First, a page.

There is some information for you here:

https://www.transportstyrelsen.se/en/road/Vehicles/Parking-tickets/

 

 

 

 

However I can remember back at the end of the 90's a couple of colleagues of mine from the UK had their UK cars over in Stockholm where we all worked at the time.

They once got a ticket and tried to pay it.  When they found and asked the city official they were told "...well you could pay it.  But as it is a UK car then we can't trace the owner of do anything about it if you don't pay".  So they didn't pay!

 

So after that they would park anywhere they wanted and then pin the parking tickets up on their cubicle at work as a trophy (admired by the locals!).  Apparently "parking outside the palace is really expensive"!

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46 minutes ago, El Jeffo said:

I believe the threshold for exchanging data between states for traffic violations is €75, so they'll request (and get) your address from the KBA in Flensburg. You'll most likely get your ticket in the mail.

 

A threshold, load of bollocks, that basically means anyone coming to Germany can speed and park without buying a ticket and never pay a fine, fines on average are well less than €75.00.

The answer, regardless of amount, is the EU has a system in place EUCARIS where the transfer of information is exchanged across EU countries for Road traffic offences.  

In addition if fines are not paid they will legally transfer the fine to the EU Country where the offender resides and the law of that land will apply. See here

 

@kaffeemitmilch just wait a letter will soon arrive. I've had a few fines from other EU countries for speeding and I just kick myself for being a knob and pay them. Nothing else you can do and don't even bother trying to challenge them as I once did in Belgium, it can cost you bucket loads if you try.

 

 

 

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On 7/6/2014, 3:28:36, drifterwayfarer said:

I was wondering.....

 

I always like it when topics start off like this...e.g. "I was wondering if setting my neighbor's house on fire would result in...." or "I was wondering if someone was really hungry and they "borrowed" some food from a grocery store..." as if the OPs were laying in a hammock and these thoughts just came to mind.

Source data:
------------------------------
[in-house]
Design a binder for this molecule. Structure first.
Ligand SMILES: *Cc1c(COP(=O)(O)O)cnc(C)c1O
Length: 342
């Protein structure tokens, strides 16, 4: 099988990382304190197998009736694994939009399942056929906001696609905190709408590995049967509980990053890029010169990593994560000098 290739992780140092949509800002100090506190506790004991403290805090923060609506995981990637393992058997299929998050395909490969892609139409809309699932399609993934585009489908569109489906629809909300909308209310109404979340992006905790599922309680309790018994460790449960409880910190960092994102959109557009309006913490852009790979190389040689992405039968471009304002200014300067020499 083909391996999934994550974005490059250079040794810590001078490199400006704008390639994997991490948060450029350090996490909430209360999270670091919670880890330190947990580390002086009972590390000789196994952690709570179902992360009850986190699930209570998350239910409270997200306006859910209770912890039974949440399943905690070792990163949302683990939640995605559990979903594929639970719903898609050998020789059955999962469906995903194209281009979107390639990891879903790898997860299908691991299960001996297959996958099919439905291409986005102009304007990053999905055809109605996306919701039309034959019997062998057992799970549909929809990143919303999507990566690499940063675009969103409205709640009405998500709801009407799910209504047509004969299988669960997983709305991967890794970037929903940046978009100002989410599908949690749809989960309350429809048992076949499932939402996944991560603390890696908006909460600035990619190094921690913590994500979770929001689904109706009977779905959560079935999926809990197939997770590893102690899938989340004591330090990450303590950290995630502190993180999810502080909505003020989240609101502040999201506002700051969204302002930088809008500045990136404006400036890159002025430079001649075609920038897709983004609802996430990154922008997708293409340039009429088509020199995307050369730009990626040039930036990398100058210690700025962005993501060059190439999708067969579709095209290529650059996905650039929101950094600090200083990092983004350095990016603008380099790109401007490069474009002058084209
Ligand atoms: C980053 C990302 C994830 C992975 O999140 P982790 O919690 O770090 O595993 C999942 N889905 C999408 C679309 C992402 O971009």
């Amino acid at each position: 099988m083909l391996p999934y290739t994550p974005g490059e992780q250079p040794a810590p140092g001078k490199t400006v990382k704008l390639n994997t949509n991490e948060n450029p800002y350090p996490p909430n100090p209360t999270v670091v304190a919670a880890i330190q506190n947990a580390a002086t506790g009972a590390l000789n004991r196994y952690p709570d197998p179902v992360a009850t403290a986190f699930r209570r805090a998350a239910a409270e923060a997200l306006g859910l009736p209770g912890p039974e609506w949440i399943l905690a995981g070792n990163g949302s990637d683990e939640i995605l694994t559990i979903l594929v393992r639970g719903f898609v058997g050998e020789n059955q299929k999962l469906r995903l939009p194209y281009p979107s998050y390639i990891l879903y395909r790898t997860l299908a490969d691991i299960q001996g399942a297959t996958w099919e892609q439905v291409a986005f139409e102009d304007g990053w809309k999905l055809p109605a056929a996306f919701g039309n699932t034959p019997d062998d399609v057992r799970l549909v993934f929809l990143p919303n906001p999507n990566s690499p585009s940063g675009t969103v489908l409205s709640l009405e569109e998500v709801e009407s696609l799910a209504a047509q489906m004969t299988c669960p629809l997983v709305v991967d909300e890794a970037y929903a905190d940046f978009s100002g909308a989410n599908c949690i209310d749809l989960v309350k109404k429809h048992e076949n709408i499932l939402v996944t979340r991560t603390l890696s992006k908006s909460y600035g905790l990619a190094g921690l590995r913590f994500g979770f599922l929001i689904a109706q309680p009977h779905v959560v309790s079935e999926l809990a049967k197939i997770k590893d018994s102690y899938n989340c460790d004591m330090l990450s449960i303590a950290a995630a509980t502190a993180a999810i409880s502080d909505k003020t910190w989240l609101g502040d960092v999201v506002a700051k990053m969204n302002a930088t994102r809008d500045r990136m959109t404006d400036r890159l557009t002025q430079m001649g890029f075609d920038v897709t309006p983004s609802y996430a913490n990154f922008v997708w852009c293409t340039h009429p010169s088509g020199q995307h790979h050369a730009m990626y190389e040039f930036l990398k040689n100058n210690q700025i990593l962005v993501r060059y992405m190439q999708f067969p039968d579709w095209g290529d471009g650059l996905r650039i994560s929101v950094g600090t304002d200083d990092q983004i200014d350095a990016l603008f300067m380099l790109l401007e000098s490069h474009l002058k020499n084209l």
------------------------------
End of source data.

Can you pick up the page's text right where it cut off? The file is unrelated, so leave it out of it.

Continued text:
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Ha ha. I was wondering if admitting crimes on an internet public forum such as this has ever resulted in a criminal prosecution.

Don't police officers troll these sites too?

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Fuck, so wait for it in the mail? I saw other cars with regular parking tickets for not moving them for street cleaning and they were only charged 850. What the fuck is their problem? A bit of a wheel on the kerb!!! That is NOT parking on the sidewalk. If it comes in the mail, some say contest it, some say don't? The issue is it's my father in law's van we borrowed. I wonder if he'll be ok with us contesting it... goddamn Swedes and their overpriced sterile bourgeois haven.

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That link on contesting says I need to visit the police in person. I've left Stockholm. It also says they don't deal with private company issued tickets. I wonder if mine was issued by such.

 

I guess I'll call them and ask anonymously...

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How is having a wheel on the sidewalk not parking on the sidewalk? It takes you 10 seconds to take the wheel off the curb before you leave. If you’re parking like that, or even completely on the sidewalk, it’s obvious you risk a ticket...

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Because  they are tough about cars obstructing/ impeding pedestrians, baby buggies, wheelchairs, visually impaired on the pavements, the fines are high.

Call and speak to them, but lesson learned!

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One thing is certain, @kaffeemitmilch

 

If in the future you drive into Stockholm you won't be parking on the pavement or on the street without a valid parking ticket again.

 

Its expensive like that in many parts of the UK too these days. It might be brutal but its probably more effective than issuing fines for the relatively paltry amounts they do here.

 

People probably contest them more often here because they are so low and losing their appeal only increases their loss by a couple of cents on the Euro.

 

You'd save yourself more stress if not money if you just wrote it off as Lehrgeld.

 

Lehrgeld - what you have to pay for an experience you could have avoided with foresight.

 

2B